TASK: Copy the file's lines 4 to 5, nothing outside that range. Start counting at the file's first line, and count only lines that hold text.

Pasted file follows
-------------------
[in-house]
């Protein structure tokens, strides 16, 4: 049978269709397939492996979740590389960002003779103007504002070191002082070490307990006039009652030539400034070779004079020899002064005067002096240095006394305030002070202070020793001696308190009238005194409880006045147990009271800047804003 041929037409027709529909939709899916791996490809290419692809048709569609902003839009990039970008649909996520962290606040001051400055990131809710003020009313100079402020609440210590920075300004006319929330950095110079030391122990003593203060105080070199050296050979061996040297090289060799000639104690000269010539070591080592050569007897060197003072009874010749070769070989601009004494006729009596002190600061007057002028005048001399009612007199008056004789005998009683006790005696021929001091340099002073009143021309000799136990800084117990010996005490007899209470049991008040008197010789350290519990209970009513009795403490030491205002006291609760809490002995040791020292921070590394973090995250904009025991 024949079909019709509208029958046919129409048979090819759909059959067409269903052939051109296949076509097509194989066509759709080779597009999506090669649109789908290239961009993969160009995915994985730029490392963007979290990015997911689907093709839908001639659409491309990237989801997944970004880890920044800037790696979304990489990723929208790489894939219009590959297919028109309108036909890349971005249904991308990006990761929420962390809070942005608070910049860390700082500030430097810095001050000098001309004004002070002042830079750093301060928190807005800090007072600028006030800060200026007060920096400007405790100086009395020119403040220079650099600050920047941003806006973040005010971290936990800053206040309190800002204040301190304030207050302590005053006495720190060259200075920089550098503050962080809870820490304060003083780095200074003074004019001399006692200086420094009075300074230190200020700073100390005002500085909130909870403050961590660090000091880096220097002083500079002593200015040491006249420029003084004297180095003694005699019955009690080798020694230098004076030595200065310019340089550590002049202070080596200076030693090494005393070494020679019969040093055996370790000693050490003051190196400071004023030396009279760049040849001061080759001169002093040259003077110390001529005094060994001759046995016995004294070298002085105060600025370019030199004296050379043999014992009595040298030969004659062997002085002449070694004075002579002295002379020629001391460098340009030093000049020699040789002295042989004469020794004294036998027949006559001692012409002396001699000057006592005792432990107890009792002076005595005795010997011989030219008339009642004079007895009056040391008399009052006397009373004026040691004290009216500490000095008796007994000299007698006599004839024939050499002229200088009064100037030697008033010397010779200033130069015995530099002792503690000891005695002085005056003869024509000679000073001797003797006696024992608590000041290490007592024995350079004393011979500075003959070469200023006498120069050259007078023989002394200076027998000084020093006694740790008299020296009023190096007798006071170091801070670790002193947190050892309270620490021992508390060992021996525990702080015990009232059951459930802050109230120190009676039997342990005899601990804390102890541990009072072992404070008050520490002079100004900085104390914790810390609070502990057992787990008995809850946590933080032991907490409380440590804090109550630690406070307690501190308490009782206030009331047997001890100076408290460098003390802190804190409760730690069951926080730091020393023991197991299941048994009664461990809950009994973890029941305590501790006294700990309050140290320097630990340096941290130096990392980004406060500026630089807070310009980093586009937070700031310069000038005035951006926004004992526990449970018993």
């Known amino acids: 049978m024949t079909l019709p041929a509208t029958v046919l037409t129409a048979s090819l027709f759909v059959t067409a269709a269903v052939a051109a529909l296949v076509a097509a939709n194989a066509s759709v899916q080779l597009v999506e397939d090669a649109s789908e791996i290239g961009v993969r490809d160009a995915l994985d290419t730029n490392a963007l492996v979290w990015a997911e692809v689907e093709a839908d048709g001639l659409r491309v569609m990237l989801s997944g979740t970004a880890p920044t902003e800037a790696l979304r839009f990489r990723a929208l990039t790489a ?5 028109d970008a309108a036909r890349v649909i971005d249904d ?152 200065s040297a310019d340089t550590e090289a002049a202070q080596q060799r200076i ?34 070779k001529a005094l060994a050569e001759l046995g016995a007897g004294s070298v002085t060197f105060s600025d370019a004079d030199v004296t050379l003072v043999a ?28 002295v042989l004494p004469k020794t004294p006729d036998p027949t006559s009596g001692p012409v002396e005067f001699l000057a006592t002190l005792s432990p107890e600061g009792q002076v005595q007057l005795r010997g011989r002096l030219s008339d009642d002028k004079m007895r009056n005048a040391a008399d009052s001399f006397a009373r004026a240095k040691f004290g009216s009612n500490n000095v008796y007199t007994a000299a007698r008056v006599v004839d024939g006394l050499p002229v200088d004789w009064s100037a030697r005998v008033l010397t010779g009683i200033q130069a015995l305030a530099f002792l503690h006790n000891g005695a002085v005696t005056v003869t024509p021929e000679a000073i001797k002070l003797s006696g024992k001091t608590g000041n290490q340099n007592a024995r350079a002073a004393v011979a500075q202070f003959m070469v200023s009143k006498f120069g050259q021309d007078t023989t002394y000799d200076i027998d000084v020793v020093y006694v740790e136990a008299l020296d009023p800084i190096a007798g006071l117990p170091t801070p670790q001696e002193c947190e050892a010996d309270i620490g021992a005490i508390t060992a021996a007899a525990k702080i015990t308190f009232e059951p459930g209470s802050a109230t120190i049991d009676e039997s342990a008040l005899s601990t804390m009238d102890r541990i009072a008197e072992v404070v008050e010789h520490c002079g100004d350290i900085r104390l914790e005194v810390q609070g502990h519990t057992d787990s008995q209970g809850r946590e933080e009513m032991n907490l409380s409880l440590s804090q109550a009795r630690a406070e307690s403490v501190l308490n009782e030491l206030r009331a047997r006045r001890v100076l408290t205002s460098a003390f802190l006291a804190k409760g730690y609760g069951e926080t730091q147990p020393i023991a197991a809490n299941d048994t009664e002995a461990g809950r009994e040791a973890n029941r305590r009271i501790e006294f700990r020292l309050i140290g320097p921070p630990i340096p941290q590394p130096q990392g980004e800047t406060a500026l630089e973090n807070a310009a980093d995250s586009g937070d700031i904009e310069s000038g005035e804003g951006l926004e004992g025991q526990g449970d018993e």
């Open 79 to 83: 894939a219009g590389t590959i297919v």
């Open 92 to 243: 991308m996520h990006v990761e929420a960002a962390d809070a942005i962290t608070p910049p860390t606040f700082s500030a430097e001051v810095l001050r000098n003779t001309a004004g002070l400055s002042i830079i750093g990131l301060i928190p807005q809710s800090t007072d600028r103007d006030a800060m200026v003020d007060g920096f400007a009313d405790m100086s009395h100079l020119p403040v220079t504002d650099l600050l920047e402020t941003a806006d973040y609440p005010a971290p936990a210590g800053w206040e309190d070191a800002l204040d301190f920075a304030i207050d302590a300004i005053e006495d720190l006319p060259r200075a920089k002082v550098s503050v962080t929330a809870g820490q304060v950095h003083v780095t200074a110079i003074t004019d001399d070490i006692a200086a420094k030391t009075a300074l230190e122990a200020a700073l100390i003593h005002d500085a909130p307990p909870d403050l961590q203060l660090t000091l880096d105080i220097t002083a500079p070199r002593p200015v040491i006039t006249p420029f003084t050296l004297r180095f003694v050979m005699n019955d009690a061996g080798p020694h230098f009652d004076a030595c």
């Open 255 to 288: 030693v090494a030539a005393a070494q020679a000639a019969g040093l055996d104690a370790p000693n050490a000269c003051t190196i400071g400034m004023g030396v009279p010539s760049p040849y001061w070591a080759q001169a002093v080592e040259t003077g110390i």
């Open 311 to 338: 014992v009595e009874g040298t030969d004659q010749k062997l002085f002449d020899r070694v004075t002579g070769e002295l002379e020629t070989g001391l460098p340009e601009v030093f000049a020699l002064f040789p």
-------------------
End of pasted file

């Open 79 to 83: 894939a219009g590389t590959i297919v």
């Open 92 to 243: 991308m996520h990006v990761e929420a960002a962390d809070a942005i962290t608070p910049p860390t606040f700082s500030a430097e001051v810095l001050r000098n003779t001309a004004g002070l400055s002042i830079i750093g990131l301060i928190p807005q809710s800090t007072d600028r103007d006030a800060m200026v003020d007060g920096f400007a009313d405790m100086s009395h100079l020119p403040v220079t504002d650099l600050l920047e402020t941003a806006d973040y609440p005010a971290p936990a210590g800053w206040e309190d070191a800002l204040d301190f920075a304030i207050d302590a300004i005053e006495d720190l006319p060259r200075a920089k002082v550098s503050v962080t929330a809870g820490q304060v950095h003083v780095t200074a110079i003074t004019d001399d070490i006692a200086a420094k030391t009075a300074l230190e122990a200020a700073l100390i003593h005002d500085a909130p307990p909870d403050l961590q203060l660090t000091l880096d105080i220097t002083a500079p070199r002593p200015v040491i006039t006249p420029f003084t050296l004297r180095f003694v050979m005699n019955d009690a061996g080798p020694h230098f009652d004076a030595c």